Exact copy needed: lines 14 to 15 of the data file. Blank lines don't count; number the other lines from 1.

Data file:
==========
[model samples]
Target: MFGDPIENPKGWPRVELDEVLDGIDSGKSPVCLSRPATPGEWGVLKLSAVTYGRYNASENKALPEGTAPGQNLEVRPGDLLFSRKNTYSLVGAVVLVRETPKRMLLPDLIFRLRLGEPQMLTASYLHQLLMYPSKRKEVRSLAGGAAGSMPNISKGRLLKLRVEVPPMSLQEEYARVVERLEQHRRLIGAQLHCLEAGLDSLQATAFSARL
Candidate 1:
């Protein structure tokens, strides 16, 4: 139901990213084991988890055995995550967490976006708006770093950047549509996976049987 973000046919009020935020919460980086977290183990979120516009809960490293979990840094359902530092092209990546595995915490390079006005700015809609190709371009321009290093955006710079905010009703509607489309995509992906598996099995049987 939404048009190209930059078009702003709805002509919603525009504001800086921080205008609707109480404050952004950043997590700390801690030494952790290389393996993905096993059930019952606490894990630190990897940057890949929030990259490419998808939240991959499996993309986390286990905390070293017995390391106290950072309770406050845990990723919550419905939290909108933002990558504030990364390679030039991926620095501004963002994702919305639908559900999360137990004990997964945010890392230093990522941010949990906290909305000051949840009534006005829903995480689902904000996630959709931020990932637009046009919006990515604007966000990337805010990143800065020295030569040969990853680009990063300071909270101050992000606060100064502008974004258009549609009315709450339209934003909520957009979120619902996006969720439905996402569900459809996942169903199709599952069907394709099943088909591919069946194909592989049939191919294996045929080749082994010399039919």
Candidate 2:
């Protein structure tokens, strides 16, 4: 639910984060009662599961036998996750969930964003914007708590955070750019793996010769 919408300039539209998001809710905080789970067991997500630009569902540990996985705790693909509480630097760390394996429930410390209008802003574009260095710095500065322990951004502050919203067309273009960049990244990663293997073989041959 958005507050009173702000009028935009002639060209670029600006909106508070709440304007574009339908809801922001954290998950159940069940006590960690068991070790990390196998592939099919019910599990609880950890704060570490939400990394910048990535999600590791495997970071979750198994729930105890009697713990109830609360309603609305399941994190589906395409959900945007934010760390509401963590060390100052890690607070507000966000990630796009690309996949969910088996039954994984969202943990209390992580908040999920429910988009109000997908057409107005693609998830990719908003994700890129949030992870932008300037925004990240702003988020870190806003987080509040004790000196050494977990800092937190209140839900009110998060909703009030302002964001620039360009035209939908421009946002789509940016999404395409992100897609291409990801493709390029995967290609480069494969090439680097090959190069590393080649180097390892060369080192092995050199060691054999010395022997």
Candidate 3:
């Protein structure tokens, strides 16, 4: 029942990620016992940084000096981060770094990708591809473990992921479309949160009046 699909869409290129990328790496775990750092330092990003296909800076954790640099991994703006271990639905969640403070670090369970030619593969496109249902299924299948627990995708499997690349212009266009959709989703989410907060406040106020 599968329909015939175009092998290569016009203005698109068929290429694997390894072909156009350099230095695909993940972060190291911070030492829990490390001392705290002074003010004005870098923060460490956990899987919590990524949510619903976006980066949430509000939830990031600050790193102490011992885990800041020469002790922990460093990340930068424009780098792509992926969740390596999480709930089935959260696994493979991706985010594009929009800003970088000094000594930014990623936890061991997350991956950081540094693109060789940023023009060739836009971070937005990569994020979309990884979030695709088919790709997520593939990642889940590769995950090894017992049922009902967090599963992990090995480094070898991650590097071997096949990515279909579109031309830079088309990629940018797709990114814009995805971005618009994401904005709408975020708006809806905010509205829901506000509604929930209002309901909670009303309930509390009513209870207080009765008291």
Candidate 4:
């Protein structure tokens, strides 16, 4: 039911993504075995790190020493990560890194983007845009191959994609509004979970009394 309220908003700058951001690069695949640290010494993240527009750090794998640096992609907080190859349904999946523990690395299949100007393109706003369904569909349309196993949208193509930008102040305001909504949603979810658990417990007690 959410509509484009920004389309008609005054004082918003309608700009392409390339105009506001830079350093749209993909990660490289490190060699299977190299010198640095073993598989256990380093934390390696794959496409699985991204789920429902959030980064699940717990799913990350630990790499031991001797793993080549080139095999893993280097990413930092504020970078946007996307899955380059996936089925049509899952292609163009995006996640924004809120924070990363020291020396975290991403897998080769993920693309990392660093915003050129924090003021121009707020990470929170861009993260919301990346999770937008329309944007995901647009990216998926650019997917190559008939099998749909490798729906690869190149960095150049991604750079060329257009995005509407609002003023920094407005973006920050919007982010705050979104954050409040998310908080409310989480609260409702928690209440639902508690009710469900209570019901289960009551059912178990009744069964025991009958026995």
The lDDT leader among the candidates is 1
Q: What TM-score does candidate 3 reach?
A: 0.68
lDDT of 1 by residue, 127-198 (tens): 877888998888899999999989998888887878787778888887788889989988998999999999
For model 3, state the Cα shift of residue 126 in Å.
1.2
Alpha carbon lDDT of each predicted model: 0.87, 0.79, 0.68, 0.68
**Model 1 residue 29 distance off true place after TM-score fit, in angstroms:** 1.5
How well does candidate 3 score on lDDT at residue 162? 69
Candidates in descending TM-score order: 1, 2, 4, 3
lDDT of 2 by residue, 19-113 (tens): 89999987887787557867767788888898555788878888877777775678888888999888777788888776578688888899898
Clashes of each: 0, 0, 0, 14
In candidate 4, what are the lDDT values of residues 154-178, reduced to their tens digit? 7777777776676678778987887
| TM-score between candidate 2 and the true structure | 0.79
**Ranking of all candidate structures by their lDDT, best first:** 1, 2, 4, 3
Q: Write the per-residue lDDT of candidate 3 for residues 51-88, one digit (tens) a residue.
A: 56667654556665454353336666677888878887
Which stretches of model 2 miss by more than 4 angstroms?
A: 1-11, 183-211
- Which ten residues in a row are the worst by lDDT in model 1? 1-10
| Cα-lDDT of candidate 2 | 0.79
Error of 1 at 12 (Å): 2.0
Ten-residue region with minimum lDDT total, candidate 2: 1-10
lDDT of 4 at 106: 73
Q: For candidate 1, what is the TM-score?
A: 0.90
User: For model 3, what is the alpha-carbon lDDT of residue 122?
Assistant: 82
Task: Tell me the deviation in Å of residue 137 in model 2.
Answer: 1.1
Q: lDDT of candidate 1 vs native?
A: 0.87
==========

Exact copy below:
lDDT of 1 by residue, 127-198 (tens): 877888998888899999999989998888887878787778888887788889989988998999999999
For model 3, state the Cα shift of residue 126 in Å.